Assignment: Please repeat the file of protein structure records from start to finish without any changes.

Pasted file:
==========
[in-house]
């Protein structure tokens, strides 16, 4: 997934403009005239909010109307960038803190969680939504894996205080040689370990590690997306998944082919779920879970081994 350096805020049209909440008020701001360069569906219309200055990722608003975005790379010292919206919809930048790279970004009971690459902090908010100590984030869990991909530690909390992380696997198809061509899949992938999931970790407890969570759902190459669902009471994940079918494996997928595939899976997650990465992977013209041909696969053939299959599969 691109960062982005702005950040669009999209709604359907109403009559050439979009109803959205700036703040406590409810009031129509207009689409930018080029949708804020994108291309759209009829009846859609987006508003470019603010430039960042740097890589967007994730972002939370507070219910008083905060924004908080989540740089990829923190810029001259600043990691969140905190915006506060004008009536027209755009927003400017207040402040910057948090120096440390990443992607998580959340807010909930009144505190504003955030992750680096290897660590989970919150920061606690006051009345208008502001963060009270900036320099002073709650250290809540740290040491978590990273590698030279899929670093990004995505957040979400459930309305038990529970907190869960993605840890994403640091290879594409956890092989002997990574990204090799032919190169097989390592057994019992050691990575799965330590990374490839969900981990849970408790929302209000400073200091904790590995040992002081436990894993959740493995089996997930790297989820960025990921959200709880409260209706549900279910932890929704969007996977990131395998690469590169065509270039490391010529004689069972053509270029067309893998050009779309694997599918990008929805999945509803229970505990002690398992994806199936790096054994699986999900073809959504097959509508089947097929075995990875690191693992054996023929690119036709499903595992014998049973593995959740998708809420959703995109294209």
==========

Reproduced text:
[in-house]
């Protein structure tokens, strides 16, 4: 997934403009005239909010109307960038803190969680939504894996205080040689370990590690997306998944082919779920879970081994 350096805020049209909440008020701001360069569906219309200055990722608003975005790379010292919206919809930048790279970004009971690459902090908010100590984030869990991909530690909390992380696997198809061509899949992938999931970790407890969570759902190459669902009471994940079918494996997928595939899976997650990465992977013209041909696969053939299959599969 691109960062982005702005950040669009999209709604359907109403009559050439979009109803959205700036703040406590409810009031129509207009689409930018080029949708804020994108291309759209009829009846859609987006508003470019603010430039960042740097890589967007994730972002939370507070219910008083905060924004908080989540740089990829923190810029001259600043990691969140905190915006506060004008009536027209755009927003400017207040402040910057948090120096440390990443992607998580959340807010909930009144505190504003955030992750680096290897660590989970919150920061606690006051009345208008502001963060009270900036320099002073709650250290809540740290040491978590990273590698030279899929670093990004995505957040979400459930309305038990529970907190869960993605840890994403640091290879594409956890092989002997990574990204090799032919190169097989390592057994019992050691990575799965330590990374490839969900981990849970408790929302209000400073200091904790590995040992002081436990894993959740493995089996997930790297989820960025990921959200709880409260209706549900279910932890929704969007996977990131395998690469590169065509270039490391010529004689069972053509270029067309893998050009779309694997599918990008929805999945509803229970505990002690398992994806199936790096054994699986999900073809959504097959509508089947097929075995990875690191693992054996023929690119036709499903595992014998049973593995959740998708809420959703995109294209």